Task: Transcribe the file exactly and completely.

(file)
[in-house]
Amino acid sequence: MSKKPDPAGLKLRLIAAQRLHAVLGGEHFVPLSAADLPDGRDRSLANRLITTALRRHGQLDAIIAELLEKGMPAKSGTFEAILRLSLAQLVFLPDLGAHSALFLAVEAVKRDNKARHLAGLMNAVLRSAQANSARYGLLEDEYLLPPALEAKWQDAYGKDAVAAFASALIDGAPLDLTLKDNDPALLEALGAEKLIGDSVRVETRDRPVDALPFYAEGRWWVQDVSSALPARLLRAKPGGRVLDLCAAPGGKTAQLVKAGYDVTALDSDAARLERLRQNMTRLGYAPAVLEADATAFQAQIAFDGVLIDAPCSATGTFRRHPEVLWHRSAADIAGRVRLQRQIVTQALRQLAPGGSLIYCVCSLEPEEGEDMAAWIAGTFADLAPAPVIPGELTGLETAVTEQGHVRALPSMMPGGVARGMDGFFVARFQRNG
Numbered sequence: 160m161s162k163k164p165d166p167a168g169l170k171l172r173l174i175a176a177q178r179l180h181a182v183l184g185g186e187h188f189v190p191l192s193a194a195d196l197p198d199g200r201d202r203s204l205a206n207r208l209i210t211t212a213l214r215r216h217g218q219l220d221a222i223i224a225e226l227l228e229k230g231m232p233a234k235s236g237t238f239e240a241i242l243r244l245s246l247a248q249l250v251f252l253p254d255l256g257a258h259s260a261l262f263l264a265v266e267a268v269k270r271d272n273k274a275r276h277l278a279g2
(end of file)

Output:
[in-house]
Amino acid sequence: MSKKPDPAGLKLRLIAAQRLHAVLGGEHFVPLSAADLPDGRDRSLANRLITTALRRHGQLDAIIAELLEKGMPAKSGTFEAILRLSLAQLVFLPDLGAHSALFLAVEAVKRDNKARHLAGLMNAVLRSAQANSARYGLLEDEYLLPPALEAKWQDAYGKDAVAAFASALIDGAPLDLTLKDNDPALLEALGAEKLIGDSVRVETRDRPVDALPFYAEGRWWVQDVSSALPARLLRAKPGGRVLDLCAAPGGKTAQLVKAGYDVTALDSDAARLERLRQNMTRLGYAPAVLEADATAFQAQIAFDGVLIDAPCSATGTFRRHPEVLWHRSAADIAGRVRLQRQIVTQALRQLAPGGSLIYCVCSLEPEEGEDMAAWIAGTFADLAPAPVIPGELTGLETAVTEQGHVRALPSMMPGGVARGMDGFFVARFQRNG
Numbered sequence: 160m161s162k163k164p165d166p167a168g169l170k171l172r173l174i175a176a177q178r179l180h181a182v183l184g185g186e187h188f189v190p191l192s193a194a195d196l197p198d199g200r201d202r203s204l205a206n207r208l209i210t211t212a213l214r215r216h217g218q219l220d221a222i223i224a225e226l227l228e229k230g231m232p233a234k235s236g237t238f239e240a241i242l243r244l245s246l247a248q249l250v251f252l253p254d255l256g257a258h259s260a261l262f263l264a265v266e267a268v269k270r271d272n273k274a275r276h277l278a279g2